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As I have Sirius XM, I could not see the CFL doing 24 hours of content at all. I have soccer for example via SiriusXM FC, and well, they cannot even pull it off though most of the content, mercifully, derives from the UK and there are replays. Even NFL Radio struggles with all day especially in the off-season.

But via one the Canadian stations, of which one is The Verge Canadian indie music as I have begun to explore and highly recommend, I could see the CFL putting in a 2-hour daily show for half of the year.

Well maybe the pandemic is the excuse because almost all FM sports radio has been awful for well over a decade anyway?

Were any of these stations any good?

One exception in some cities are the guys who cover live sports and do the shows on the next morning.

The sports blogs have come and gone, but they changed sports media irrevocably and for the better by getting rid of a lot of the local homer rot and fluff.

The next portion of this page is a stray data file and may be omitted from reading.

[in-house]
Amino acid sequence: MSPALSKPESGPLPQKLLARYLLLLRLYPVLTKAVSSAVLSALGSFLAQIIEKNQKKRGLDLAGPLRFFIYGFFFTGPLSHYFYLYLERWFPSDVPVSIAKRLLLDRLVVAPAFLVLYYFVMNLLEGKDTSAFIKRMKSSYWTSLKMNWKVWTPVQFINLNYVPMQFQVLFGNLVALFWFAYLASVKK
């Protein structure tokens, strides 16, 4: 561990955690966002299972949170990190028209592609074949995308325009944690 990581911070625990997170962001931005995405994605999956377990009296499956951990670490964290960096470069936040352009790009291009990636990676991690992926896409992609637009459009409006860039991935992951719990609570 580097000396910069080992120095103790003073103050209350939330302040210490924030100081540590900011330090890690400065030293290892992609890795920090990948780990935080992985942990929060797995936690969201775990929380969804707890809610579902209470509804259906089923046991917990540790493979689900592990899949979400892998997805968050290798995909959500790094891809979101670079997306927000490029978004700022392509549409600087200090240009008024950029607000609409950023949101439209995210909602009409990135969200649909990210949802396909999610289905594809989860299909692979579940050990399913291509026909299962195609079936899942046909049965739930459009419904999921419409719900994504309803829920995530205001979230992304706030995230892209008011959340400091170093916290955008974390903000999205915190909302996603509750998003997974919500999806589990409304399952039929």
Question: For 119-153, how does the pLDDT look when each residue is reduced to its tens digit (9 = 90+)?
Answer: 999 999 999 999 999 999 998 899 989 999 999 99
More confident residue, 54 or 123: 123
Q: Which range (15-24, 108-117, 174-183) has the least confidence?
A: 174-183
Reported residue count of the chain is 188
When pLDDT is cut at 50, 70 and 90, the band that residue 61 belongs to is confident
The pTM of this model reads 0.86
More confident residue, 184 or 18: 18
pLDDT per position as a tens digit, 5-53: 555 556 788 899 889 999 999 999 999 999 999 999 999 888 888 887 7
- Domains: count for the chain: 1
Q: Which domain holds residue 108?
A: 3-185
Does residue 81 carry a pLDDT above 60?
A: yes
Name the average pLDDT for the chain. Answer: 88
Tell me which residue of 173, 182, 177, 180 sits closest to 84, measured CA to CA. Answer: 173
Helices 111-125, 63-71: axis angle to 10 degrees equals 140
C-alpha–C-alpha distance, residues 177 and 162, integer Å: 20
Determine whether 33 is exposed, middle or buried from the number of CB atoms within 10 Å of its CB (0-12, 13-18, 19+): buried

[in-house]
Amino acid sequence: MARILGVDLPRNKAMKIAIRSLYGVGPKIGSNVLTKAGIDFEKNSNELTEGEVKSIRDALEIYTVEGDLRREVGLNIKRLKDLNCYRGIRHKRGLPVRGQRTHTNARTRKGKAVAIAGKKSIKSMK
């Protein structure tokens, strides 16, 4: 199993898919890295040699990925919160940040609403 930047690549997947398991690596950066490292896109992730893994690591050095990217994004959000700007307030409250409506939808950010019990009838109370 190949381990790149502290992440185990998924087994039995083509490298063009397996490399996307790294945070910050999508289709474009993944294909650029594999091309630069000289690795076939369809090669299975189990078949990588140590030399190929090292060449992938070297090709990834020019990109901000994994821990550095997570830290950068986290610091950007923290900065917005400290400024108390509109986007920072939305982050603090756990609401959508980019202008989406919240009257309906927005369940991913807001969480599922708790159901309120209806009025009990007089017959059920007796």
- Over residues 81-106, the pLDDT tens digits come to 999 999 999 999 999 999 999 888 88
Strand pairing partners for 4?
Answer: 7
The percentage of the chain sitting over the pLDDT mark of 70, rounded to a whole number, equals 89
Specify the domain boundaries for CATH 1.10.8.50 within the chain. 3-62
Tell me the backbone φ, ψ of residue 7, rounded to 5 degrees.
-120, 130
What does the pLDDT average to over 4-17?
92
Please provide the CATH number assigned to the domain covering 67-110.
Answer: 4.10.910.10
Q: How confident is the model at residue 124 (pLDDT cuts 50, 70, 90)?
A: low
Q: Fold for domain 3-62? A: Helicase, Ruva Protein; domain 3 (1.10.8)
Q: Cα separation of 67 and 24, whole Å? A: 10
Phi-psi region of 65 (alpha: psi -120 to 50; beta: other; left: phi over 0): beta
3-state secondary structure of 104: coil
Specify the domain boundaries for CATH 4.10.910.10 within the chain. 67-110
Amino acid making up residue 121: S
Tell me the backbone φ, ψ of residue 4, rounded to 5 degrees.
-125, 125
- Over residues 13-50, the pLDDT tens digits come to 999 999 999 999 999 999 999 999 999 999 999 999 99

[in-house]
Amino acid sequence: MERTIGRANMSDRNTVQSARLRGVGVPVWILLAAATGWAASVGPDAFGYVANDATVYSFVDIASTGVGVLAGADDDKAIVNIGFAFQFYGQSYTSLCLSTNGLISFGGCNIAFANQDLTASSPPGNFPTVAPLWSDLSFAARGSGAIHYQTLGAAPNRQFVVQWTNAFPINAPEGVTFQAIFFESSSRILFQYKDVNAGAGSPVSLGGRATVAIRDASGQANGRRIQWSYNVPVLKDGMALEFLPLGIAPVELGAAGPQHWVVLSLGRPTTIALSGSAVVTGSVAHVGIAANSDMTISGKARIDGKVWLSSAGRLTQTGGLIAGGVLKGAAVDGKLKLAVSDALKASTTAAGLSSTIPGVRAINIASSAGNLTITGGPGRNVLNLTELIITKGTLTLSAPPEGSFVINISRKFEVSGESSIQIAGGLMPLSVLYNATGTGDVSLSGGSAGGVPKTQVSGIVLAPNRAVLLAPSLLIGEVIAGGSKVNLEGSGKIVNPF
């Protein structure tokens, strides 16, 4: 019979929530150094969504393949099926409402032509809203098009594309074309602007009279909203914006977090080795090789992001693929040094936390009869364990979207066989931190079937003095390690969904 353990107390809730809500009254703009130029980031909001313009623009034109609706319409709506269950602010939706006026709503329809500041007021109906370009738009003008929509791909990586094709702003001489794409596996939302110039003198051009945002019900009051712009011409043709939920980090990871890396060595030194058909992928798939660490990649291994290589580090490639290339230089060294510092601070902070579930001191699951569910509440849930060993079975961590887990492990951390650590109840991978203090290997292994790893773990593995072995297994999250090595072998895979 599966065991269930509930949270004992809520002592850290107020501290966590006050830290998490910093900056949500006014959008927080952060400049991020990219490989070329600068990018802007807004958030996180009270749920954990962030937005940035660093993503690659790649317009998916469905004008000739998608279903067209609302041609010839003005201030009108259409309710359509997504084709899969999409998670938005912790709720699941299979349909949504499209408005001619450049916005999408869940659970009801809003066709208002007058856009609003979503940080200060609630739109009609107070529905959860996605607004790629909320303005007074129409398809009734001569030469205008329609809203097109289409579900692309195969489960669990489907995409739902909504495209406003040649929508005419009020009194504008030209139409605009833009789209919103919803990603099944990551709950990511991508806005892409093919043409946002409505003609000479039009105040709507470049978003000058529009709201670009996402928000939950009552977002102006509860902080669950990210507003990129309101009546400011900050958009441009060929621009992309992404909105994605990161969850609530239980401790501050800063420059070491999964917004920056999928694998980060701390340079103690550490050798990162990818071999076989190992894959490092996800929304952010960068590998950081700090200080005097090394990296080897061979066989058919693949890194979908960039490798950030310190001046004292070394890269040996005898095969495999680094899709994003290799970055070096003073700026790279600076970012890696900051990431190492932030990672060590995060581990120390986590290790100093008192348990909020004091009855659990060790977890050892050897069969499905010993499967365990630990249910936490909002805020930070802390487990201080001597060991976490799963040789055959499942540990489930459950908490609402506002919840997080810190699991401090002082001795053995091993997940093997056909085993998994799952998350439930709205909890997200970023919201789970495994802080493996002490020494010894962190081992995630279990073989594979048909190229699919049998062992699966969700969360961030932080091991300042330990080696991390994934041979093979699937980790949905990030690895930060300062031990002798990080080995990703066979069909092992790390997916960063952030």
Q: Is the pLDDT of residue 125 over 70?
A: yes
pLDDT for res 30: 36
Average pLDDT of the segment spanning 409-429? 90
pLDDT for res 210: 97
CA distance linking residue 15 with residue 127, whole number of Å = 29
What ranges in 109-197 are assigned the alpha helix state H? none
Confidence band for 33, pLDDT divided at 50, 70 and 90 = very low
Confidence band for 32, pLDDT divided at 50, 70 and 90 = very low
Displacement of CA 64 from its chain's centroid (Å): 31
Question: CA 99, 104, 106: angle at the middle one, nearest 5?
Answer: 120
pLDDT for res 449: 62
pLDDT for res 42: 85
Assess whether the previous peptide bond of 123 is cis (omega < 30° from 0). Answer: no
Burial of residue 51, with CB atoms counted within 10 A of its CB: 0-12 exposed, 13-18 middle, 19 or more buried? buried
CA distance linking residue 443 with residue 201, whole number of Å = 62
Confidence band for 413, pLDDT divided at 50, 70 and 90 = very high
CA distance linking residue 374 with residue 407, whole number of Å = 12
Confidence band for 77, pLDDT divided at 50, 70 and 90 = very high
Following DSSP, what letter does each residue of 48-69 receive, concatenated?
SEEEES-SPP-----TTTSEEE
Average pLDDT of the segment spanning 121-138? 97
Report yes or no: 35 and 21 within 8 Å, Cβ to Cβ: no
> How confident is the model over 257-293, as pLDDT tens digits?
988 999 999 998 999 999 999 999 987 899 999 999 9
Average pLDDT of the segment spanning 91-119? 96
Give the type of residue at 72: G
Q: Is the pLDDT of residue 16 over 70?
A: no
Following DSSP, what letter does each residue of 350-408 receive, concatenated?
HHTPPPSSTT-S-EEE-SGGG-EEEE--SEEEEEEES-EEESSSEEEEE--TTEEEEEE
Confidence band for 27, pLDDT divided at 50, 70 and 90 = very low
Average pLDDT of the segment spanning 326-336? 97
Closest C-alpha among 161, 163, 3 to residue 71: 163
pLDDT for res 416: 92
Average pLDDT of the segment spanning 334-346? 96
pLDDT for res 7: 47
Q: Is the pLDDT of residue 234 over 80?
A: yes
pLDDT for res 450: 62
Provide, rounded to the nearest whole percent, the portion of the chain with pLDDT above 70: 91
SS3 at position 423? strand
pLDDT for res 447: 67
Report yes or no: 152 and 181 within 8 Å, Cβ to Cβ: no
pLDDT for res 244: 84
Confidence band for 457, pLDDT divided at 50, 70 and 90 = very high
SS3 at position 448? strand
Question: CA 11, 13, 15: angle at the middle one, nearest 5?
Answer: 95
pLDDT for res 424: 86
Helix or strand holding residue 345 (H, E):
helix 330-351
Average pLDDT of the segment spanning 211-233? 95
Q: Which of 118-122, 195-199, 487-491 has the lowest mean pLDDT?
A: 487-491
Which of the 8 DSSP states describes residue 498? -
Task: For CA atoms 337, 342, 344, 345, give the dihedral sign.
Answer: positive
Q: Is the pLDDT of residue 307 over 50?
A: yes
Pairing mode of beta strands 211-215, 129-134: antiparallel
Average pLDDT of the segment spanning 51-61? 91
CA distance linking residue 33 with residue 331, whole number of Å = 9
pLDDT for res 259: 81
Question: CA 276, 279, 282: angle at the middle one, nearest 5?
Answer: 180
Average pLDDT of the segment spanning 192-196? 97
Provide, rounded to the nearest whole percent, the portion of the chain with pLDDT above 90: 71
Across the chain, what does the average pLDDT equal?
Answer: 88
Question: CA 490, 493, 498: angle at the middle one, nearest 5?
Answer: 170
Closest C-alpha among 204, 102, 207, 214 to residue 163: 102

The worst shows are the ones that still take listener calls. The guy calling into the shows is always hardly aware how to go forward on radio, burns time with the small-talk, and is that guy in your neighbourhood who will always talk your ear off for any reason. They were dead weight on these shows over a decade ago, so good riddance to that format too.

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Or how about the guy that phones in for the all expense trip to a sporting event of their choice out of a hundred callers as you have tried to get on. They get an easy question to win the prize, they stall for time because they are googling the answer but they blow it anyway. You're frustrated because you knew immediately the answer once the radio host announced the question on air.

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Should surprise no one, and sports fans should anticipate hearing more stuff like this. It's a pretty big cost savings for Rogers and the Blue Jays, Argos have also done something similar to this (although it was rolled back slightly).